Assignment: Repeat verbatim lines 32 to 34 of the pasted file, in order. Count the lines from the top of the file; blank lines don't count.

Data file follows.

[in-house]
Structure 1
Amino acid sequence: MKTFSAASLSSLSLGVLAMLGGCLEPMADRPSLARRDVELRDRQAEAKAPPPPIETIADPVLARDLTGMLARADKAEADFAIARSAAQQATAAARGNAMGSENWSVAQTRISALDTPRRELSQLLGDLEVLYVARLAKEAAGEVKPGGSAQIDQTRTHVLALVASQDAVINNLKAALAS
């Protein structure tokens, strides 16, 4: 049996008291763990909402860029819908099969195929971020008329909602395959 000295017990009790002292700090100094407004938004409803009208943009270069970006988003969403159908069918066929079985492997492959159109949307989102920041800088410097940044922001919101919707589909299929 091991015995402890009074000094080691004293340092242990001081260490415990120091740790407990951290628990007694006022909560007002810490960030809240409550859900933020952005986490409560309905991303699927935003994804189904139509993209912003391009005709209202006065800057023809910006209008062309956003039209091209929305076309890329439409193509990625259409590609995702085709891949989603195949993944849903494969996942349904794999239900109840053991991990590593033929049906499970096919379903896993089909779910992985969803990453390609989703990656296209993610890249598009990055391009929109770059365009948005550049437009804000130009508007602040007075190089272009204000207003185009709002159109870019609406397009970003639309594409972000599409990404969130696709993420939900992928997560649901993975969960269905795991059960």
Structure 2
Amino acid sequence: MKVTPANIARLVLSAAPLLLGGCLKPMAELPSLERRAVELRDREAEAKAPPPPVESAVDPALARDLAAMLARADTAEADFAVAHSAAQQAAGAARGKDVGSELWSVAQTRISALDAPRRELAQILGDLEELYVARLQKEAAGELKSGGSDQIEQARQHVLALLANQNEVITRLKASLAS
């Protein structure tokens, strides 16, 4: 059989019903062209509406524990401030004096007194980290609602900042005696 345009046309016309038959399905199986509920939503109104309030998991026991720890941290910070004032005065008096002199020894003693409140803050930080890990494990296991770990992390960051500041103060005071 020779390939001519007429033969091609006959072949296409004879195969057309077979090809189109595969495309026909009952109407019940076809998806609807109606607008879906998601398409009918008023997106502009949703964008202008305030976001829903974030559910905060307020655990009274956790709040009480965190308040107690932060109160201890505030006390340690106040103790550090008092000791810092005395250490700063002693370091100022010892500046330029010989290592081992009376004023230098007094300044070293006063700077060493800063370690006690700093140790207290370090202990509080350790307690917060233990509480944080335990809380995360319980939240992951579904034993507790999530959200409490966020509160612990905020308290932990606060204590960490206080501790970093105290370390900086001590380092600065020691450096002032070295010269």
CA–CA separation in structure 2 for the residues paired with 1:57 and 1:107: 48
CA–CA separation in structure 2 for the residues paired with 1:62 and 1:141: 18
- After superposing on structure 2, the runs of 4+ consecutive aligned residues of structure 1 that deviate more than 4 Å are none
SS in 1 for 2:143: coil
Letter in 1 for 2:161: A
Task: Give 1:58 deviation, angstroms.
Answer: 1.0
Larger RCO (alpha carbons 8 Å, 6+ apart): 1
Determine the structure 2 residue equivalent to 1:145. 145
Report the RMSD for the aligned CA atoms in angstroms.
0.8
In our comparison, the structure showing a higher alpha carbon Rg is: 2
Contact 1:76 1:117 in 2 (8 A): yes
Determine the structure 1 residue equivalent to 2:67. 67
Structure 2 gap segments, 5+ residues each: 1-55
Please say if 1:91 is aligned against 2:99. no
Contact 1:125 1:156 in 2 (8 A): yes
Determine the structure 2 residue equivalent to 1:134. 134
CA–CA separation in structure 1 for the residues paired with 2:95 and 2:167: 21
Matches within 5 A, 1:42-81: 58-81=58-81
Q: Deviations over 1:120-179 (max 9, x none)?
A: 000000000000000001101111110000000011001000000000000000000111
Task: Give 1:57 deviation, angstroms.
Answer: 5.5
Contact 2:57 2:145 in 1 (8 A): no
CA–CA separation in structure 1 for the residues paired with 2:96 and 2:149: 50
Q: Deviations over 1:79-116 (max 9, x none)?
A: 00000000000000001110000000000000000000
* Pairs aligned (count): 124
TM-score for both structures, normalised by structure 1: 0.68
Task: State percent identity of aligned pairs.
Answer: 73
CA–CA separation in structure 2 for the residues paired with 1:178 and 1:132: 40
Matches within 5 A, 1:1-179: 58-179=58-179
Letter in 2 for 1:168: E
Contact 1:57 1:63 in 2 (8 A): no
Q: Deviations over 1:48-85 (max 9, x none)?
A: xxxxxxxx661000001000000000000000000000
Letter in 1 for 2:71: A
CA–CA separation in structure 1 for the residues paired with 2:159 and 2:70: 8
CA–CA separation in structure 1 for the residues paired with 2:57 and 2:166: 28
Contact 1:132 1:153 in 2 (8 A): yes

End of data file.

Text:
Contact 2:57 2:145 in 1 (8 A): no
CA–CA separation in structure 1 for the residues paired with 2:96 and 2:149: 50
Q: Deviations over 1:79-116 (max 9, x none)?